The liver function of China’s Nobel Peace Prize winning dissident Liu Xiaobo has worsened, a hospital said on Thursday, while the government reiterated its hopes that other countries do not use Liu’s case to interfere in its affairs. Liu, 61, was jailed for 11 years in 2009 for “inciting subversion of state power” after he helped write a petition known as “Charter 08” calling for sweeping political reforms. He was recently moved from jail to a hospital in the city of Shenyang for treatment of late stage liver cancer.
Liu has been being treated for various conditions as side effects of his cancer, including a build up of fluid in his stomach caused by liver scarring. “Liu Xiaobo’s liver function has worsened, his bilirubin levels are gradually rising,” the hospital said in a statement, referring to a substance produced by the liver, high levels of which can indicate liver failure. Asked about Liu’s condition on Thursday, Chinese foreign ministry spokesman Geng Shuang said he had nothing new to add and reiterated that China hoped other countries would not use “individual cases” to interfere in China’s internal affairs.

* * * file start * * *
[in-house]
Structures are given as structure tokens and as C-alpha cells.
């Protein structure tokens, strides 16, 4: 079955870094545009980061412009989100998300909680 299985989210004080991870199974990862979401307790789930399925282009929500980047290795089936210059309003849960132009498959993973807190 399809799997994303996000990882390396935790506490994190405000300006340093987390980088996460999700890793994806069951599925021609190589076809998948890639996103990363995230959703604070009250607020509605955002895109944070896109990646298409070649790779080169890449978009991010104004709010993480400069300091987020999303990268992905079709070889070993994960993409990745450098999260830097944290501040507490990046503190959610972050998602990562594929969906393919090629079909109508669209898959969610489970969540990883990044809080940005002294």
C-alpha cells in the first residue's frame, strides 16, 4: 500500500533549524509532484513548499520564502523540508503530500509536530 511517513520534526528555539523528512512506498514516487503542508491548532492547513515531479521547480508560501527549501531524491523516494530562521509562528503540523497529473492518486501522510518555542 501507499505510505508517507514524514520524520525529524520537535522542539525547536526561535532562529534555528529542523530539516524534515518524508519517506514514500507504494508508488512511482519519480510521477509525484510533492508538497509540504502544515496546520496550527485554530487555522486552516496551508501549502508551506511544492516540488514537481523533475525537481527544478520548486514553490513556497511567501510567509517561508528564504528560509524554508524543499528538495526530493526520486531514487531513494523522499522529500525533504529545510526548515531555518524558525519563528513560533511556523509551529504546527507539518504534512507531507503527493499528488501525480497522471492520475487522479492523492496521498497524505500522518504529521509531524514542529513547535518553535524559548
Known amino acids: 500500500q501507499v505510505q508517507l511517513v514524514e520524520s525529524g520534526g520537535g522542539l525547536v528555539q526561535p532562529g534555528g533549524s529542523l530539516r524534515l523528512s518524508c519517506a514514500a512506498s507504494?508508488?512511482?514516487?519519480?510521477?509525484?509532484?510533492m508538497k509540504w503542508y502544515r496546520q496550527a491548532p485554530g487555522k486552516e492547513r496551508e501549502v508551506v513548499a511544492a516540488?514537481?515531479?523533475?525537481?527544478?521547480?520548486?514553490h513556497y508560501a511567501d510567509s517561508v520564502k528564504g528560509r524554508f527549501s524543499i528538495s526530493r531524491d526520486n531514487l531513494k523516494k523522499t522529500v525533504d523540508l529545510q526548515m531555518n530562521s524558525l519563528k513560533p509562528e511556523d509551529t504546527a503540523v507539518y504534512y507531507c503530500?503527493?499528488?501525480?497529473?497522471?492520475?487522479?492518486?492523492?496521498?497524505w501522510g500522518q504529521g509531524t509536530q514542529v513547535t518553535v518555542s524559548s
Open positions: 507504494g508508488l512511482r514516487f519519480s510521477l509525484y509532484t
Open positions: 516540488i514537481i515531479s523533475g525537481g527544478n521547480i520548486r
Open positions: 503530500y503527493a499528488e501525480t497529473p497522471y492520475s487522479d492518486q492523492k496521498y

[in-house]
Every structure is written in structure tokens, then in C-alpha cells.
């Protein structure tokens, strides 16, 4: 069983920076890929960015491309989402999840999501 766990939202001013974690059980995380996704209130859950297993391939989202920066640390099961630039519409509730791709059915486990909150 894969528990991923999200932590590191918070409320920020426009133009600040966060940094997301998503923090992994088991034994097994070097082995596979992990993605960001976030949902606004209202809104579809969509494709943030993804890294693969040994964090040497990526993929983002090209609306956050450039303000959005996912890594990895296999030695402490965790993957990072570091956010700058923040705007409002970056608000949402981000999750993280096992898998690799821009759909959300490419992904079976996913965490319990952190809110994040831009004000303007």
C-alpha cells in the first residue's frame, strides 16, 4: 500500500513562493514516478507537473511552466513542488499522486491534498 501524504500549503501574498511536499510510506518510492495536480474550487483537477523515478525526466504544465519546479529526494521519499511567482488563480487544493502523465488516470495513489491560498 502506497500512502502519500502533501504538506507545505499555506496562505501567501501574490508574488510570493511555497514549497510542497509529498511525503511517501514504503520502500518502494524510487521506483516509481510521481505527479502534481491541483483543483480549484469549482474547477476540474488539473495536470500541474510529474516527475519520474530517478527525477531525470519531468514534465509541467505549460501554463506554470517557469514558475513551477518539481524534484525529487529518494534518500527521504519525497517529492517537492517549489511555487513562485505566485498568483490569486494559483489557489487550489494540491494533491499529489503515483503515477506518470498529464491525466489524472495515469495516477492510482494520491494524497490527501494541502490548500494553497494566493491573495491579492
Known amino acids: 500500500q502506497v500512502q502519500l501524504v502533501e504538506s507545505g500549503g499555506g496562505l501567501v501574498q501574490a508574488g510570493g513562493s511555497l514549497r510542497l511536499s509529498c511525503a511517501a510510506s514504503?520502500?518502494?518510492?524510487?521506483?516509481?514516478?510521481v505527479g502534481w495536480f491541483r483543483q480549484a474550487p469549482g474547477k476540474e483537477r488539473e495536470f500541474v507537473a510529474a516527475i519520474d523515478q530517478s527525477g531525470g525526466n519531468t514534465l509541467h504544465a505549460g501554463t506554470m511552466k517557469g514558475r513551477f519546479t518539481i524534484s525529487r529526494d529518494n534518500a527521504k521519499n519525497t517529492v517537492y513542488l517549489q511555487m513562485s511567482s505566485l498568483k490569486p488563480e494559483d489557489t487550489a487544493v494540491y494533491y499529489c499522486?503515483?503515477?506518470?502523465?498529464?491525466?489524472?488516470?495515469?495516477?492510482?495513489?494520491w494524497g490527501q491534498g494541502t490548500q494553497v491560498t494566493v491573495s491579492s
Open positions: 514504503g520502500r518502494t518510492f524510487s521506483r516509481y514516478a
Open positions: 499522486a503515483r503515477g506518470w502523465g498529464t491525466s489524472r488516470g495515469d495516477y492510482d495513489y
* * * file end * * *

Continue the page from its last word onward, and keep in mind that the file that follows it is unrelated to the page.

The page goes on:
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A liver expert from Beijing, Mao Yilei, had come to Shenyang to lead a consultation on Liu’s condition, the hospital said. The team decided to adjust his treatment plan and the family said they understood, the hospital said, without providing details. The city justice department said on Wednesday the hospital had invited doctors from the United States and Germany to help with Liu’s treatment.
President Xi Jinping is due to attend a summit of the Group of 20 nations in Hamburg, Germany, on Friday and Saturday, where he will seek to project Chinese leadership on issues such as climate change and free trade. Diplomatic sources in Beijing say China has been nervous the issue over the Nobel Peace Prize winner could overshadow Xi’s appearance. Rights group Amnesty International said the move appeared in part “an attempt to limit international criticism” even as the government continued to refuse to allow Liu to be treated overseas.